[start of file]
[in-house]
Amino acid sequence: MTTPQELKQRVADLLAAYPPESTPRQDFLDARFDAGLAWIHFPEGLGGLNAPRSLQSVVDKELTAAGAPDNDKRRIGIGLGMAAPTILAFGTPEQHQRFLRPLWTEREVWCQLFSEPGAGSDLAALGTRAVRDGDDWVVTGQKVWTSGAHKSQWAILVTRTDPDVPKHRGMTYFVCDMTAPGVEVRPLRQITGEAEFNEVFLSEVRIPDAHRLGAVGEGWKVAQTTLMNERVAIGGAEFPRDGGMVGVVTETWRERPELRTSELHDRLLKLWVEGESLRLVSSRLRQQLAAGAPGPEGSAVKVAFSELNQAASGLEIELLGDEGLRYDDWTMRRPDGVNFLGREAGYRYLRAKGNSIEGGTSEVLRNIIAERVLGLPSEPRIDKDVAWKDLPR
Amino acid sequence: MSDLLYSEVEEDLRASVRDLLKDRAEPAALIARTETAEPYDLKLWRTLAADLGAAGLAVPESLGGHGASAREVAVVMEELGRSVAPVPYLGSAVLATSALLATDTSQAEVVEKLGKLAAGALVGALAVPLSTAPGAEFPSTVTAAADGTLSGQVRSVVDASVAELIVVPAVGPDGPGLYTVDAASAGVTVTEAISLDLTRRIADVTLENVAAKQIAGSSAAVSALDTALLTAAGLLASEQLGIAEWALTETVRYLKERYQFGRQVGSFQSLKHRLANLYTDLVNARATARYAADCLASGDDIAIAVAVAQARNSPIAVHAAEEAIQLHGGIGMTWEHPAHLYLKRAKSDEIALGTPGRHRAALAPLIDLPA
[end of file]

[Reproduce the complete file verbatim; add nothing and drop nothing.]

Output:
[in-house]
Amino acid sequence: MTTPQELKQRVADLLAAYPPESTPRQDFLDARFDAGLAWIHFPEGLGGLNAPRSLQSVVDKELTAAGAPDNDKRRIGIGLGMAAPTILAFGTPEQHQRFLRPLWTEREVWCQLFSEPGAGSDLAALGTRAVRDGDDWVVTGQKVWTSGAHKSQWAILVTRTDPDVPKHRGMTYFVCDMTAPGVEVRPLRQITGEAEFNEVFLSEVRIPDAHRLGAVGEGWKVAQTTLMNERVAIGGAEFPRDGGMVGVVTETWRERPELRTSELHDRLLKLWVEGESLRLVSSRLRQQLAAGAPGPEGSAVKVAFSELNQAASGLEIELLGDEGLRYDDWTMRRPDGVNFLGREAGYRYLRAKGNSIEGGTSEVLRNIIAERVLGLPSEPRIDKDVAWKDLPR
Amino acid sequence: MSDLLYSEVEEDLRASVRDLLKDRAEPAALIARTETAEPYDLKLWRTLAADLGAAGLAVPESLGGHGASAREVAVVMEELGRSVAPVPYLGSAVLATSALLATDTSQAEVVEKLGKLAAGALVGALAVPLSTAPGAEFPSTVTAAADGTLSGQVRSVVDASVAELIVVPAVGPDGPGLYTVDAASAGVTVTEAISLDLTRRIADVTLENVAAKQIAGSSAAVSALDTALLTAAGLLASEQLGIAEWALTETVRYLKERYQFGRQVGSFQSLKHRLANLYTDLVNARATARYAADCLASGDDIAIAVAVAQARNSPIAVHAAEEAIQLHGGIGMTWEHPAHLYLKRAKSDEIALGTPGRHRAALAPLIDLPA